We managed a couple of exhibitions in January. One Glasgow museum, the Burrell Collection, has recently closed for refurbishment and in the meantime some of its paintings are on show at another, Kelvingrove. The current exhibition is of work by Joseph Crawhall (1861-1913), one of a group of radical painters known as The Glasgow Boys. Girl on a bicycle has long been one of my favourites – just look at the little dachshund excitedly running alongside – but there was plenty more to see, and will be until 1st July if you are in the area.

We also saw an exhibition in the Lighthouse called A Life in Letterpress. Typographic artist Alan Kitching began his working life apprenticed to a printer, before becoming a technician at Watford College, then a teacher, designer and artist. In an age of computer design, he continues to create using wood and metal letterforms. The results are stunning! On till 5th March.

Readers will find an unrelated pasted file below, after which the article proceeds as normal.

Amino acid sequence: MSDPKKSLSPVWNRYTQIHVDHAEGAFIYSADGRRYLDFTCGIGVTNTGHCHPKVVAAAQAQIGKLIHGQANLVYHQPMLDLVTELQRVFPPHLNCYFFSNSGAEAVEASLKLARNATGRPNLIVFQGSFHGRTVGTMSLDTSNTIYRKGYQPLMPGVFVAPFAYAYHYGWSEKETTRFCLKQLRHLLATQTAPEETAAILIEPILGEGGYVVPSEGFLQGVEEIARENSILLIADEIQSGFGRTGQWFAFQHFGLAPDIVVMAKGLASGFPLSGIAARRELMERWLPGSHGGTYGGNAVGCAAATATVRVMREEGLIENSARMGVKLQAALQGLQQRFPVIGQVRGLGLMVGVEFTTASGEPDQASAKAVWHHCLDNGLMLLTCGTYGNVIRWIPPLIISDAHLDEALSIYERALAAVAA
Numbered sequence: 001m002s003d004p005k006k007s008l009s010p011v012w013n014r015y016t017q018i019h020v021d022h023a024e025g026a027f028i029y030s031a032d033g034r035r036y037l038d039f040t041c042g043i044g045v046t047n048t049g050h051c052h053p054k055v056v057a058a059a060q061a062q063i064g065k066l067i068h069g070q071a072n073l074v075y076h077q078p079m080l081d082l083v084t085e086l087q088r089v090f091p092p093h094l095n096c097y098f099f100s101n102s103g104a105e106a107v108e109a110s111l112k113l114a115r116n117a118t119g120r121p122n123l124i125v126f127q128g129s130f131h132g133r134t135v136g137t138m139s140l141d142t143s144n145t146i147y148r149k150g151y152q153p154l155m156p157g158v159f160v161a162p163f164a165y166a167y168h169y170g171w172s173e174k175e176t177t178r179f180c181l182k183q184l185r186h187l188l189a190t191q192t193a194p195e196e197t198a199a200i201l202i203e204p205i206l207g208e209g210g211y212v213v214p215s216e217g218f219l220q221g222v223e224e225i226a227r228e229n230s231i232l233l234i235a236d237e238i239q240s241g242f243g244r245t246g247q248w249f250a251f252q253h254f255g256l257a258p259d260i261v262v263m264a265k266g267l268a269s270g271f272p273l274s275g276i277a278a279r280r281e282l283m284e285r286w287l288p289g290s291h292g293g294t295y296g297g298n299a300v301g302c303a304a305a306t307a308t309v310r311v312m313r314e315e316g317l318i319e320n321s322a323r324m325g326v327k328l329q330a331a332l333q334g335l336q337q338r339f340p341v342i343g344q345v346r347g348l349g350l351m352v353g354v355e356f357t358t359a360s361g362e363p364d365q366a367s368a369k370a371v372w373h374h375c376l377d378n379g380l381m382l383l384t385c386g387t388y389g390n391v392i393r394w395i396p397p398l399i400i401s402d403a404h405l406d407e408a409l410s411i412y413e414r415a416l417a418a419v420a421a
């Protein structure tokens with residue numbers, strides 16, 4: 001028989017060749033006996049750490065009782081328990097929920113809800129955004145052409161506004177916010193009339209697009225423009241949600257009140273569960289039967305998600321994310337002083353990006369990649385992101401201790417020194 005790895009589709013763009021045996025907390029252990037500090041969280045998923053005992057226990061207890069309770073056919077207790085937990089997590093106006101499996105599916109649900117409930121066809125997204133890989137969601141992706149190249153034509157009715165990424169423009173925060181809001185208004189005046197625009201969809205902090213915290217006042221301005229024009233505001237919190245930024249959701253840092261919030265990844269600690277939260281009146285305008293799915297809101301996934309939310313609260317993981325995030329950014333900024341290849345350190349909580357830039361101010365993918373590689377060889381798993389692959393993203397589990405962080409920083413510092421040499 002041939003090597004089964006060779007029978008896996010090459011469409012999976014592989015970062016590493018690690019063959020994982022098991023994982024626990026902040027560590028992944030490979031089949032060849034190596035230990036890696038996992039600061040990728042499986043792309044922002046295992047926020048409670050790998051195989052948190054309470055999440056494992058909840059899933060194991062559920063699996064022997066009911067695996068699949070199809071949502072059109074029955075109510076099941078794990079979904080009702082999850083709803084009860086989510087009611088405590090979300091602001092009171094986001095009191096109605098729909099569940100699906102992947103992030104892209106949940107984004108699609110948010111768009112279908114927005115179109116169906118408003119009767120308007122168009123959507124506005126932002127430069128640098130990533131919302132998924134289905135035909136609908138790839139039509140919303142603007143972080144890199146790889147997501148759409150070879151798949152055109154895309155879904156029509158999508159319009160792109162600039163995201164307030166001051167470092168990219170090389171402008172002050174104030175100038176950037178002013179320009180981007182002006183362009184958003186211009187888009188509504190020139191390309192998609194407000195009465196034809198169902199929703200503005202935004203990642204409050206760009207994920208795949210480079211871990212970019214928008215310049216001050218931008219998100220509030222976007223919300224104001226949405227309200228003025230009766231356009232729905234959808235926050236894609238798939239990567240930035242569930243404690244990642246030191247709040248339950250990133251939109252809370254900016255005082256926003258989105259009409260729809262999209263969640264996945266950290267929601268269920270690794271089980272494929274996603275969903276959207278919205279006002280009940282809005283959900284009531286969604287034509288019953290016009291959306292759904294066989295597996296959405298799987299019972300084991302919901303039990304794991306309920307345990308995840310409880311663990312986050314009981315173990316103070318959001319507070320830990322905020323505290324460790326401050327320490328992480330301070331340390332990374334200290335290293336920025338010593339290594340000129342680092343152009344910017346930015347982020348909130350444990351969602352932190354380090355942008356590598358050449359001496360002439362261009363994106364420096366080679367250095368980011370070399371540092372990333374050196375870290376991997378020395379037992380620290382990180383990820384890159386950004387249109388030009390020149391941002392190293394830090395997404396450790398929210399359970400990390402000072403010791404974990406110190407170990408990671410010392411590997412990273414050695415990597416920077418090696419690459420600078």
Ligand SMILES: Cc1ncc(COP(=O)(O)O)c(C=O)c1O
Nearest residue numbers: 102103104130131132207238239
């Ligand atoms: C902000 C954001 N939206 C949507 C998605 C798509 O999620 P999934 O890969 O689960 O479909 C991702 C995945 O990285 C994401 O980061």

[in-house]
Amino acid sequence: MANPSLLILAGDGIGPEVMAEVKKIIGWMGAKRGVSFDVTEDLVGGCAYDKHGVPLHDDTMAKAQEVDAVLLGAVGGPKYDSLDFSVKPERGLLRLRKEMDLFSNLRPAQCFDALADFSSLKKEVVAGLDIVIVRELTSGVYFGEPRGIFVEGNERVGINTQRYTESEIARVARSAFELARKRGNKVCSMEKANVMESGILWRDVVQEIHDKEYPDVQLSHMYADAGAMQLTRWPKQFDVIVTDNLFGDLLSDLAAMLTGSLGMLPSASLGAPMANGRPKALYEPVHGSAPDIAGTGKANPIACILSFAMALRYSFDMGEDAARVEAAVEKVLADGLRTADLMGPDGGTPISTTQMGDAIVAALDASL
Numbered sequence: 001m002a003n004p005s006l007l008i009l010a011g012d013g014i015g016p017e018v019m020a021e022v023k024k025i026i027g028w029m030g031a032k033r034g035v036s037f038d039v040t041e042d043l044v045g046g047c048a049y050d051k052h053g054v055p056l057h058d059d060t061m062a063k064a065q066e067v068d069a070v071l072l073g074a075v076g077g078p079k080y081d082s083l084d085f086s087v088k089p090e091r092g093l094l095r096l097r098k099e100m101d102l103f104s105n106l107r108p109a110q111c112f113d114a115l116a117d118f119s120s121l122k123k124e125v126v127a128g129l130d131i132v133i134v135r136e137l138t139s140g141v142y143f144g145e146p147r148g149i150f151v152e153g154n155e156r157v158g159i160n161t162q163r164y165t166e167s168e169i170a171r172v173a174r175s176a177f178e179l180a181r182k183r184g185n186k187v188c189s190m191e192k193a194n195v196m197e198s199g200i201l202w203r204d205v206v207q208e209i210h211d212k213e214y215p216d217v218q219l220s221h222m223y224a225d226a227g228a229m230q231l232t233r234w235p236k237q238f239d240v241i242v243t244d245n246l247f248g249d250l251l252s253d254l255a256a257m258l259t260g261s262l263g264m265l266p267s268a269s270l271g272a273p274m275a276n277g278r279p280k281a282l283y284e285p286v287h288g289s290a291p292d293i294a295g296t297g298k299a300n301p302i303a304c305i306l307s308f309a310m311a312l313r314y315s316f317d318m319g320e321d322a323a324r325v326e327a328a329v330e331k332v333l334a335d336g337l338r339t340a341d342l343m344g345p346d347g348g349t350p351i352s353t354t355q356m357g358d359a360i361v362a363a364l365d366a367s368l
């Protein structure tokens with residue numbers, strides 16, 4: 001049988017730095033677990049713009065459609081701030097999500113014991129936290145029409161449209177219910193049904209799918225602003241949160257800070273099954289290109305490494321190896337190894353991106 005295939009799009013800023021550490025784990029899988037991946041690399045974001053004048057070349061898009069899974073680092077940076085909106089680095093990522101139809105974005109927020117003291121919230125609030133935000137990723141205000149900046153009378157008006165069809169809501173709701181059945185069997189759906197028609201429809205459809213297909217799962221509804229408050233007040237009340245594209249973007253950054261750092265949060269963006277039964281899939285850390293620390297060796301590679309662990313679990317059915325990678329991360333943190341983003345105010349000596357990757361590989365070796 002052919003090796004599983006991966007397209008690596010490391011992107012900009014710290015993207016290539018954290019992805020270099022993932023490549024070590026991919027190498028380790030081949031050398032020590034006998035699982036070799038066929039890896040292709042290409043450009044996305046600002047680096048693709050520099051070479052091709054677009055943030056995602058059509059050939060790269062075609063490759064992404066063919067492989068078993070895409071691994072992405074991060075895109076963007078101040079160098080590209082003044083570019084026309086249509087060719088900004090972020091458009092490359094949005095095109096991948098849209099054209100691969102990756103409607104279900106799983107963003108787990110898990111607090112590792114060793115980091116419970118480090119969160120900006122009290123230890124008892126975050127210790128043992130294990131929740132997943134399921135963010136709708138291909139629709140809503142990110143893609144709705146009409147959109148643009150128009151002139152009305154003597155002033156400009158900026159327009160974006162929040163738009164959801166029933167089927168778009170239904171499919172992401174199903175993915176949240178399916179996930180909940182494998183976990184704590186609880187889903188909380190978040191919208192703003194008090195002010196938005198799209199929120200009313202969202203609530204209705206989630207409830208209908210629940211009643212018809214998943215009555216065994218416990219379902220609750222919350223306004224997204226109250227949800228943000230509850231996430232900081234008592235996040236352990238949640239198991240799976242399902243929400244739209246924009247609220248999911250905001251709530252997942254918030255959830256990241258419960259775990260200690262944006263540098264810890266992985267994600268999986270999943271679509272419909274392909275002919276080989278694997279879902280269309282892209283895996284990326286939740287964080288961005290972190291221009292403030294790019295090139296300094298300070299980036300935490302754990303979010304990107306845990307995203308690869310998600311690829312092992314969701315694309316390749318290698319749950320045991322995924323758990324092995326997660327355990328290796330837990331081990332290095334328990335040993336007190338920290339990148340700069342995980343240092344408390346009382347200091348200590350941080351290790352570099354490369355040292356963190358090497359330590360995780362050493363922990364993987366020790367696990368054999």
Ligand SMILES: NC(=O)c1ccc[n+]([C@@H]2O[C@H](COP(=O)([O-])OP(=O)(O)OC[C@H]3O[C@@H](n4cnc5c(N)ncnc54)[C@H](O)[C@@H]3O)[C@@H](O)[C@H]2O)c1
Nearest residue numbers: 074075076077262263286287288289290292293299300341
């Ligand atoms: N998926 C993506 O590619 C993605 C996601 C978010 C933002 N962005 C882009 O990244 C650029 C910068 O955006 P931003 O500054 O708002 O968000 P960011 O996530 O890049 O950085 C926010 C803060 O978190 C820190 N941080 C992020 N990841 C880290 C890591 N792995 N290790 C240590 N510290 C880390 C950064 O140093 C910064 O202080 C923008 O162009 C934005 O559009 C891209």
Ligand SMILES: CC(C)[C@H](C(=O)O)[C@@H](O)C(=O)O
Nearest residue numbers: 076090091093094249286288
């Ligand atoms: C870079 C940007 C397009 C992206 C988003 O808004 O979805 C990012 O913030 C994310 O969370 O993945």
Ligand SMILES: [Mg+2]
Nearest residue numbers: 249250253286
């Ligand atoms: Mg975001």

The last bit

New Year, new blogging resolution – to have a round-up post like this at the end of every month. How long will it continue? My last new series (People Make Glasgow) lasted for approximately (ahem, exactly) one post, and I’m already almost a week late with this one, so we’ll see.

I also wondered what would happen if I had nothing to round up, either because I’d written about it already or (and it does happen) I had done nothing worth blogging about. Step forward The last bit of random stuff and padding. This month – Scotland reacts to Trump, from the sublime to the ridiculous. Scotland is not impressed.

  • The sublime – Karine Polwart at Celtic Connections with I burn but I am not consumed, a poetic mixture of spoken word and song considering Donald’s Scottish roots. Favourite line: You who see nothing but your own face in the sheen of the Hudson River. (Sorry, I couldn’t get this BBC video to embed).